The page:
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Billy Strings has made it his career mission to find, mine and reinvent traditional bluegrass music. Ten of his many influences have a Colorado connection!


For many years, Monroe, the attested “father of bluegrass,” refused to appear at the Telluride Bluegrass Festival because he objected to the presence of electric instruments, and his contempt for long hair was widely known.  But he came to appreciate the fact that the players had an abiding respect for his musical style. In 1983, Monroe finally performed at the 10th anniversary show.

Songs covered:

“Uncle Pen”
“I’m Going Back to Old Kentucky”
“I’m Coming Back but I Don’t Know When”
“Kentucky Waltz”
“In the Pines”
“I’m Blue, I’m Lonesome”
“Big Mon”
“Roll On Buddy, Roll On”

PHOTOS: Telluride Bluegrass Festival


The self-proclaimed “king of bluegrass,” Martin (lead vocalist for Bill Monroe’s Bluegrass Boys) was one of the country music stalwarts gathered for the Nitty Gritty Dirt Band’s Will the Circle Be Unbroken, the landmark three-record set that changed the direction of popular music. The album was initiated at Tulagi, a music club in Boulder.

Songs covered:


VIDEO: The Nitty Gritty Dirt Band
PODCAST: John McEuen
PROFILE: The Nitty Gritty Dirt Band


The world’s nimblest flat-picking guitar virtuoso, Watson first played Colorado with his son Merle at Ebbets Field, Denver’s premier concert venue of the mid-’70s.

Songs covered:

“The Train That Carried My Girl from Town”
“Walk On Boy”
“Way Downtown”
“Nashville Blues”

MUSIC: Ebbets Field


The royalties from “Gentle on My Mind,” one of the most widely recorded country songs of all time, bought Hartford’s freedom. He used it to mentor a rising generation of singers, pickers and storytellers at the Telluride Bluegrass Festival, bridging a gap between traditional bluegrass and the hippie spirit. “Without (Hartford), there would be no ‘newgrass’ music,” the legendary mandolinist and fiddler Sam Bush has said.

Songs covered:

“In Tall Buildings”
“With a Vamp in the Middle”
“I’m Still Here”
“Steam Powered Aereo Plane”

PHOTOS: Telluride Bluegrass Festival


In 1974, New Grass Revival, founded by Sam Bush, was shaking up audiences at traditional bluegrass festivals, introducing an amplified rock music element into the acoustic bluegrass orthodoxy. The output of the long-haired hippie types offended many purists, but Grateful Dead and Flying Burrito Brothers fans were wildly enthusiastic. New Grass Revival set a standard for the Telluride Bluegrass Festival—a commitment to cutting-edge acoustic music that would endure to this day.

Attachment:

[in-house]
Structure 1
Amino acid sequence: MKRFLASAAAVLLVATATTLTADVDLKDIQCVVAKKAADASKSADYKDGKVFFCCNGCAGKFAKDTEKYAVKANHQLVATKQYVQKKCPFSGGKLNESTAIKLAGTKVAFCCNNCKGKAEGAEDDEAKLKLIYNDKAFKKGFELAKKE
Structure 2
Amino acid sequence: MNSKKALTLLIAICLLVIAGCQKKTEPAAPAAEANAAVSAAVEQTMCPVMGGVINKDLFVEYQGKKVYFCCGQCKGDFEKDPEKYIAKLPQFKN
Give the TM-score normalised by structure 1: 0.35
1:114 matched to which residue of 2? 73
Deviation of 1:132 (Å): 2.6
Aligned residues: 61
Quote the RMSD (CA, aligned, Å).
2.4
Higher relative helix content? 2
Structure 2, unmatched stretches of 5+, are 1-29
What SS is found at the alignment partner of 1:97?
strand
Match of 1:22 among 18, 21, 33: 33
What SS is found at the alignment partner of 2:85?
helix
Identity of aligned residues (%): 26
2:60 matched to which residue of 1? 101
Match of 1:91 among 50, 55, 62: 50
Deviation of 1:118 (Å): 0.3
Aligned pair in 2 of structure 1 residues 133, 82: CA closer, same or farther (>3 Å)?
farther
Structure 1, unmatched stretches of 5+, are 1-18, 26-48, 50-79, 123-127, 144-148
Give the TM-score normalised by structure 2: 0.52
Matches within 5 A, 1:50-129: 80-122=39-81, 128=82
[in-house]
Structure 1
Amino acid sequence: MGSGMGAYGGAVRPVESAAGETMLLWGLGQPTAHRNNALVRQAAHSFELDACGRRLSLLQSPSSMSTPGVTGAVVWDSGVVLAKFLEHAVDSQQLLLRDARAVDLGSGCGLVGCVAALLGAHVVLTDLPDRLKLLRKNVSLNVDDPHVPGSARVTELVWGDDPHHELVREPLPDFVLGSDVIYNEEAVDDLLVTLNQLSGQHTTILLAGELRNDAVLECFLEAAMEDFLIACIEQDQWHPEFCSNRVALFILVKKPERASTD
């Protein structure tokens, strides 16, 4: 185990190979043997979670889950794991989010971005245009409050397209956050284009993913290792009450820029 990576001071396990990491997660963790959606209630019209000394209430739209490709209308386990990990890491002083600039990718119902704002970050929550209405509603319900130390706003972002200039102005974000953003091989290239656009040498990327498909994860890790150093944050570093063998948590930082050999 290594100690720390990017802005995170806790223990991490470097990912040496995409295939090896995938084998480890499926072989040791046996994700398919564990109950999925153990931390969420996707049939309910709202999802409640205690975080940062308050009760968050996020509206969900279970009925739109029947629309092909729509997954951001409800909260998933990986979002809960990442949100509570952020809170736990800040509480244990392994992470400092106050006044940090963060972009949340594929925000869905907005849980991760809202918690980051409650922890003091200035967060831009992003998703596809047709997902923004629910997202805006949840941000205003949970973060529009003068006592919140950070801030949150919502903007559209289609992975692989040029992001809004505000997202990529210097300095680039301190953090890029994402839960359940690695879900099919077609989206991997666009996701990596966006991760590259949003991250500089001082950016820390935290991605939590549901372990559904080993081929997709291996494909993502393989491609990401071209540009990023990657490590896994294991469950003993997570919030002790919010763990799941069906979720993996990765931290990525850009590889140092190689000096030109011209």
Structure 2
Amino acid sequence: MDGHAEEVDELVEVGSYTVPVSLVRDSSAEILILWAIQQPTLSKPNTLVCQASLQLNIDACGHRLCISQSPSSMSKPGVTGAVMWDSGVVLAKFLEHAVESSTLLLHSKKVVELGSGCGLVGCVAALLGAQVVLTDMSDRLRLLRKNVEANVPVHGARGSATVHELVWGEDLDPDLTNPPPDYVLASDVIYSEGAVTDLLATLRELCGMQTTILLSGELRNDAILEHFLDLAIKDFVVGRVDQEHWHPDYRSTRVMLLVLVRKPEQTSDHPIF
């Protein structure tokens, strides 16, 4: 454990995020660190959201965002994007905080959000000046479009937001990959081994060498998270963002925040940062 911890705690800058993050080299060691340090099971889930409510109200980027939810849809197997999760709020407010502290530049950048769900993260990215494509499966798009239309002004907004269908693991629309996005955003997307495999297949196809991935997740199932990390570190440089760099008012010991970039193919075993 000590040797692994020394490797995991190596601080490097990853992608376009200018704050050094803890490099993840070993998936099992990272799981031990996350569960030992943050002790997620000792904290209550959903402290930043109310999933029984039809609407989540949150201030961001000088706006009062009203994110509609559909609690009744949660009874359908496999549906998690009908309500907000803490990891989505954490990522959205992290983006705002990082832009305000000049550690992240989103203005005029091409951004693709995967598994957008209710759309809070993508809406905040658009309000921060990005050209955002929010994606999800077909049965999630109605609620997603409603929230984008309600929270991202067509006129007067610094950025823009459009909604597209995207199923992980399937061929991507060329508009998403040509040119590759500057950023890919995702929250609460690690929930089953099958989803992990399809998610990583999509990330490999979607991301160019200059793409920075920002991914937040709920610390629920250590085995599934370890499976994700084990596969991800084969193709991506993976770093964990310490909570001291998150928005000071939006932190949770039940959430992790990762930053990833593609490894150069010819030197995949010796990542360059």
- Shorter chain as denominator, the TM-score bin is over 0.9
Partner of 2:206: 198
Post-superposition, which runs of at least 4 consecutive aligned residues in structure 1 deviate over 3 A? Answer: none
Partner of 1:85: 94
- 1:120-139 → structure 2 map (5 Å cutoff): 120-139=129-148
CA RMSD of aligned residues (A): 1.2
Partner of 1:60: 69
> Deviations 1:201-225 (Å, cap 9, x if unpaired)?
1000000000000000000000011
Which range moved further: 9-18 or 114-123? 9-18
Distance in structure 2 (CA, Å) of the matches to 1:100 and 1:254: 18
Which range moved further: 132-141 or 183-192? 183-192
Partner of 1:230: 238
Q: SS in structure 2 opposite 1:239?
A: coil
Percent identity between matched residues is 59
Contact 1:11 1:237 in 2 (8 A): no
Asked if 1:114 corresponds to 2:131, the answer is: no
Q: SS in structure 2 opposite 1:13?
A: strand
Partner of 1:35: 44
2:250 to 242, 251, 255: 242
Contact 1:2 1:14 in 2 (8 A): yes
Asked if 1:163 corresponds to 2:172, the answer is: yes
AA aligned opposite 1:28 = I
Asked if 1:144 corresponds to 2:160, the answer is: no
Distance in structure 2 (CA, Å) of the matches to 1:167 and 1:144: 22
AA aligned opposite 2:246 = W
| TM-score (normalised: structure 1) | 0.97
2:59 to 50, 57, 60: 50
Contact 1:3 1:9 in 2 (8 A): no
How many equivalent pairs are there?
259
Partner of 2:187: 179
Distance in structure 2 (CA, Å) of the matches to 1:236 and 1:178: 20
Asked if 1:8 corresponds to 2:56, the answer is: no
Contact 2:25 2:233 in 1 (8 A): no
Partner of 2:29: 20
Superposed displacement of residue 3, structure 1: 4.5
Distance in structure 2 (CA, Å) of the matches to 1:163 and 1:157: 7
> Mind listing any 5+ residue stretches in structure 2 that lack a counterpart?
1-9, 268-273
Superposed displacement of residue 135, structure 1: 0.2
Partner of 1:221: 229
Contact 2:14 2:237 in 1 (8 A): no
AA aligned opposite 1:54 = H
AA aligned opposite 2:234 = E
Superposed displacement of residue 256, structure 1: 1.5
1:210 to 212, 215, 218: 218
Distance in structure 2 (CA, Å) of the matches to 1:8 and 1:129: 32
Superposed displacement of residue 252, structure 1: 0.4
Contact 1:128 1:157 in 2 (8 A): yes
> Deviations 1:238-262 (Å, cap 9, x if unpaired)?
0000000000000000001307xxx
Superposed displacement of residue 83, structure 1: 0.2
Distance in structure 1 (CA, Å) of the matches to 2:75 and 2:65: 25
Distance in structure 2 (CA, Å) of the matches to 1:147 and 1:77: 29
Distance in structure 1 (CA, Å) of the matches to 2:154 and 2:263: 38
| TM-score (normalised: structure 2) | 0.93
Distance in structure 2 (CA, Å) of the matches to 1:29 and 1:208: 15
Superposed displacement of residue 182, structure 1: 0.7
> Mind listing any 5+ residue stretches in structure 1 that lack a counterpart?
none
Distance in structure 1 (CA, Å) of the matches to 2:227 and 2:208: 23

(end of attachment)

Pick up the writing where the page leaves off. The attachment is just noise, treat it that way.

Songs covered:

“Whisper My Name”
“This Heart of Mine”

PHOTOS: Telluride Bluegrass Festival


During Fleck’s tenure with New Grass Revival, his reputation as one of the world’s most innovative banjo players grew on the Telluride Bluegrass Festival stage. He then made a groundbreaking departure from five-string conventions with the jazz explorations of his ensemble, the Flecktones, ultimately receiving Grammy nominations in more categories than any other musician.

Songs covered:

“Down in the Swamp”
“White Water”

PHOTOS: Telluride Bluegrass Festival


Hot Rize got the nod to play Telluride in 1978, becoming regulars at the event through the ’80s. The Boulder-based band—featuring Tim O’Brien (fiddle, mandolin, guitar), Nick Forster (bass), Pete Wernick (banjo) and Charles Sawtelle (guitar)—went on to a long and storied career, bringing respect for tradition and progressive elements to the bluegrass genre.

Song covered:

“High on a Mountain”

VIDEO: Hot Rize


A phenomenon of the jam band movement, String Cheese Incident was welcomed with enormous raw adulation by a young neo-hippie crowd. Billy Nershi, the group’s guitarist and songwriter, had lived in Telluride during the late ’80s and early ’90s, skiing a lot, working a little and practicing guitar until his fingers ached.

Song covered:

“Black Clouds”

PROFILE: String Cheese Incident
PODCAST: Kyle Hollingsworth


The jam-grass revolution of the ’90s was headed up by Boulder’s Leftover Salmon, whose members first met picking in Telluride’s Town Park campground in 1989. The group’s style of playing, which they called “polyethnic Cajun slamgrass,” found favor with a devoted following.

Song covered:

“Down in the Hollow”

PROFILE: Leftover Salmon


Nederland’s Yonder Mountain String Band became a regular act at the Telluride Bluegrass Festival. In 1999, the little-known group moved overnight from a local front porch to the Elks Park stage. The following year, the group debuted on the main stage—and played a vigorous bluegrass-style rendition of Ozzy Osbourne’s “Crazy Train” for an encore.

Song covered:

“Sorrow is a Highway”

PROFILE: Yonder Mountain String Band